“And how many hours a day did you do lessons?’ said Alice, in a hurry to change the subject.
Ten hours the first day,’ said the Mock Turtle: ‘nine the next, and so on.’
What a curious plan!’ exclaimed Alice.
That’s the reason they’re called lessons,’ the Gryphon remarked: ‘because they lessen from day to day.”
Lewis Carroll – Alice’s Adventures in Wonderland and Through the Looking Glass
Sara went to school today dressed as the Mad Hatter. Now let me be quite clear, this is not a daily occurrence, neither am I questioning her sanity, she normally leaves home in the conventional garb that one would associate with primary school teachers anywhere in the country. But off she went today complete with bow tie, tail coat and top hat adorned with price label reading 10/6 (52 ½ pence in today’s decimal currency). I advised her to be careful about her speed on the way in to school. Can you imagine the scene? Sara pulled over by a police officer, “good morning sir/madam, are you aware of the speed limit on this road? Let’s start with your name shall we?” Could she resist answering “Hatter, M” I wonder? I do hope so, I really don’t have time for a dash to the police station to bail her out today!
There is, of course, a perfectly rational explanation for this seemingly bizarre behaviour. You see, today is World Book Day, a great celebration of books and reading, and Sara’s school, like many others is celebrating in style. All the children and staff have been invited to attend school today dressed as one of their favourite characters from fiction. I imagine dozens of little Harry Potters storming the gates excitedly, dashing into school to weave their magic spells. Ratty and Mole arm in arm straight from the riverbank sloshing their way into class 2 and Peter Pan along with Tinkerbell singing their way into a maths lesson. Ah, the joys of literature! During the day, for twenty minutes all of the children will take part in what is termed DEAR – drop everything and read. At this point everyone in school from the head teacher to the caretaker stops what they are doing and reads a book or a magazine, or anything they like, sitting, lying on cushions or slouched in a corner in comfort. What a great way to pass the time.
If you were at school today who might you have gone dressed as? For me it might be a difficult choice between Robinson Crusoe or Max from Maurice Sendack’s Where the Wild Things Are. Kipling’s Mowgli could be fun as could Roger from Ransome’s Swallows and Amazons or Mr Tumnus from The Lion the Witch and The Wardrobe. The opportunities are endless, limited only by the imagination.
I did think about trying to convince my colleagues at the university that we should follow the example of our schools and join in with the fun. Sadly too many of my “academic” colleagues have forgotten the joys of childhood. Indeed I suspect that some (though hopefully not those in the School of Education) have made a conscious effort to distance themselves from their youth. This is a shame because I have a clear picture in my mind of the characters I might assign to some of them. I have no difficulty in attributing Mr Bumble, Peter Rabbit, Captain Hook, Scrooge, Mary Poppins and the Wicked Witch of the West, I can even see the Vice Chancellor dressed as… Well perhaps we had better not go there.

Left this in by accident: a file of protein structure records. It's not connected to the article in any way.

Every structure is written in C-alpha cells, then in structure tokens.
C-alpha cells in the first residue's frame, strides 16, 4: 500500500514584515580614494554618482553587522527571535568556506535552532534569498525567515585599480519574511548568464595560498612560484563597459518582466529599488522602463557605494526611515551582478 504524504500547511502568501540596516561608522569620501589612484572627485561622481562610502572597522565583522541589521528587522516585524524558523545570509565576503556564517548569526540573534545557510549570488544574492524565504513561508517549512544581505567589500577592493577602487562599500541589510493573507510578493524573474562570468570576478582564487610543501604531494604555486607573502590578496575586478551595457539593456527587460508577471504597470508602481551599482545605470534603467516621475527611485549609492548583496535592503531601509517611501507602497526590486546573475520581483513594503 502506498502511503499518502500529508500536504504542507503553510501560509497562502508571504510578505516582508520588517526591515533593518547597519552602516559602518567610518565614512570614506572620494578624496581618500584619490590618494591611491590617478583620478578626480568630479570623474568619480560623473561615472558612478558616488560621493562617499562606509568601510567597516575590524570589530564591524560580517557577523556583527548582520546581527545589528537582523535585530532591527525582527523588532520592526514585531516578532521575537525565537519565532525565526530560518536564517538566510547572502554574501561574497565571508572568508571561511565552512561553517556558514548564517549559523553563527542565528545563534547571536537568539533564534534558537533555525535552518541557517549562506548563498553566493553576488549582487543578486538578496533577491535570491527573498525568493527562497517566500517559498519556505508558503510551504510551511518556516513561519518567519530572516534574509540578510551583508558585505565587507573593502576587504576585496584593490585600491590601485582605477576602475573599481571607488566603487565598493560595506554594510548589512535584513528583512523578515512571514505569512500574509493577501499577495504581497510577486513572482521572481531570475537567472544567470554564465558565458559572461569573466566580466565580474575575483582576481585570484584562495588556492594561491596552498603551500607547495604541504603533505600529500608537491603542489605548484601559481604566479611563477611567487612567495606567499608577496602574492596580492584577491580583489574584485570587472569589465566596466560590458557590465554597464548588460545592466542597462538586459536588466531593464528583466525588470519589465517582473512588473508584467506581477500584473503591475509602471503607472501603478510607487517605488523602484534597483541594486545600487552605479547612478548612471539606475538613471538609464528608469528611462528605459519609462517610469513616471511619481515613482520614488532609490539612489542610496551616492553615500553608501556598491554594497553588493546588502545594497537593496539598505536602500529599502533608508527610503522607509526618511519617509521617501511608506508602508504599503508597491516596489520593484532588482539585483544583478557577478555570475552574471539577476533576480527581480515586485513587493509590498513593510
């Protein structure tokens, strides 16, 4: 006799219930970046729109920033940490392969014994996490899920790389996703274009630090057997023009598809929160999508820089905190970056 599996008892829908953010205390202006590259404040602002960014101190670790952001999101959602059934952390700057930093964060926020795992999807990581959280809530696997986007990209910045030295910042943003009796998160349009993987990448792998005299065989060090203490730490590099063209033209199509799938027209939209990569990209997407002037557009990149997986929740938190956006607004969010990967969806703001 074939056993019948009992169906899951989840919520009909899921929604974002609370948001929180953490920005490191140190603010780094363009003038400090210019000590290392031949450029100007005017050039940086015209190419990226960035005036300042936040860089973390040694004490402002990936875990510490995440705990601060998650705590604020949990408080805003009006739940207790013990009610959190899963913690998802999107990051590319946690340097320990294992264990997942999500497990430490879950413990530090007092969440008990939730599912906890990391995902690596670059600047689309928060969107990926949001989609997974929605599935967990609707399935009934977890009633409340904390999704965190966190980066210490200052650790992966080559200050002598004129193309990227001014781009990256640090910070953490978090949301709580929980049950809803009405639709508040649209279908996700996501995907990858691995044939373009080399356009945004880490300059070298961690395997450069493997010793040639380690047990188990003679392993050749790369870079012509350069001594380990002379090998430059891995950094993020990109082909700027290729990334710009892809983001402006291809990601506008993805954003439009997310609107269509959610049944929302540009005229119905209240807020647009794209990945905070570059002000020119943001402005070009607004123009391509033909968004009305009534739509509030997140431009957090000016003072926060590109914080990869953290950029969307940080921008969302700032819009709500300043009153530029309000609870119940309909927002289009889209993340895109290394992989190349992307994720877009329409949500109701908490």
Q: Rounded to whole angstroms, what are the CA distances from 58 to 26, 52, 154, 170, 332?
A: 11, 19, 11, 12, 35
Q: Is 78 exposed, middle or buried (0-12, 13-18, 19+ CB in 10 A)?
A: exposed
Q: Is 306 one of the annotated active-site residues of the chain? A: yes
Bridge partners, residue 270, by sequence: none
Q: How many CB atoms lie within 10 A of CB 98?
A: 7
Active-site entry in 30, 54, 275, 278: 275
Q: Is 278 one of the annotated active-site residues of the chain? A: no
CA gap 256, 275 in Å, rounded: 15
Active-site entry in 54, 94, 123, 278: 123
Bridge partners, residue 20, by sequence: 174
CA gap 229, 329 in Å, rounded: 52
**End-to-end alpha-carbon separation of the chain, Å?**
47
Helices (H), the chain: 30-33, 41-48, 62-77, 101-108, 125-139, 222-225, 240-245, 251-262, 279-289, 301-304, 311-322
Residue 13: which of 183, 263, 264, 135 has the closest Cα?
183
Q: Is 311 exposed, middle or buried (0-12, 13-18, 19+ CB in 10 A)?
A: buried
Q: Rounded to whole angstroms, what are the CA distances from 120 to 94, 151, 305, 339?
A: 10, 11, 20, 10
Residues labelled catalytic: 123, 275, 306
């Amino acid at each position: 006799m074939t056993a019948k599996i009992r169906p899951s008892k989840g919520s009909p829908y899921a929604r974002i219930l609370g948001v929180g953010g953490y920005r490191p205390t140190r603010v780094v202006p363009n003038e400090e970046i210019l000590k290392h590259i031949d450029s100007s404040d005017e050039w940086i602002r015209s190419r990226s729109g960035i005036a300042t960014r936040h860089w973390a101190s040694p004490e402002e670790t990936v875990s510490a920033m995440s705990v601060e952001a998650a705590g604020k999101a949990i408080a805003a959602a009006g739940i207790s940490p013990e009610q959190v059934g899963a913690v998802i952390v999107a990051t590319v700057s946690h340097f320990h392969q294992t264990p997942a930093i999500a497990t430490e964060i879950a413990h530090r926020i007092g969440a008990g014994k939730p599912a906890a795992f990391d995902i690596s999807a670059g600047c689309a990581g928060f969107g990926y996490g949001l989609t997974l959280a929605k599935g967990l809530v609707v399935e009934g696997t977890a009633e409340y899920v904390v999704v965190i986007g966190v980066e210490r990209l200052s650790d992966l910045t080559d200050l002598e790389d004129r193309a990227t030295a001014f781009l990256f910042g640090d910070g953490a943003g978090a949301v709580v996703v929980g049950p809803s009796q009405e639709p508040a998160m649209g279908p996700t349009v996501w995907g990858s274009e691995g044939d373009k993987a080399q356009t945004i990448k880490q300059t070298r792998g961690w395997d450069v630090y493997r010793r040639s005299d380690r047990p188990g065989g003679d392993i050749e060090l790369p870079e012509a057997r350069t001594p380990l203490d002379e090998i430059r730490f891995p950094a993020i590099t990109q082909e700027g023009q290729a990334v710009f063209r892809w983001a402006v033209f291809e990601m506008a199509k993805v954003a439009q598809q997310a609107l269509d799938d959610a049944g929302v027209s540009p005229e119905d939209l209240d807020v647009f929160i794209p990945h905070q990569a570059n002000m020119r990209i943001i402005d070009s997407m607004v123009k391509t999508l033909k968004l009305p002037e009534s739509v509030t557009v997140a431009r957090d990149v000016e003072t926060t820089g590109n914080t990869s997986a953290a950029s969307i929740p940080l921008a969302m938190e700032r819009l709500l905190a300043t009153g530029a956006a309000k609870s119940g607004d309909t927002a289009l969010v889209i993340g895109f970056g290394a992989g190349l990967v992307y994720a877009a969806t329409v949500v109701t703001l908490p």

Of course, all this is just a bit of fun. But after all isn’t fun an important part of learning? I sometimes look at our schools and yes, even our universities today, and wonder what we have done to childhood. The increased pressure wrought by a competitive education system in which children are expected to jump perpetually and for increasingly long hours through educational hoops gives me cause for sadness. When I hear of five year old children coming home each evening to complete a couple of hours of homework and returning to school the following day fearful that they may have got something wrong, I worry about what these children may be like when they become adults. Will they grow up to have imagination, creativity and a sense of what it is to have fun?
I hear teachers who express the same concerns as those that I feel. They too are anxious that our education systems are increasingly placing children upon treadmills of schooling from which some are destined to fall, whilst others will reach the end of this automated process as the finished item. How will this final product look I wonder?
But today at least the sanity of the Mad Hatter and his entourage prevails. – So go on then, what are you waiting for? DROP EVERYTHING AND READ!
“The time has come”, the Walrus said,
“to talk of many things:
of shoes and ships, and sealing wax,
of cabbages and kings.
and why the sea is boiling hot,
and whether pigs have wings”
from The Walrus and the Carpenter by Lewis Carroll
Sadly I have been informed that there are those amongst us who were deprived of the wisdom of Lewis Carroll in their childhood. I therefore leave you with the opportunity to hear a reading of The Walrus and the Carpenter by clicking on the link below. Happy World Book Day.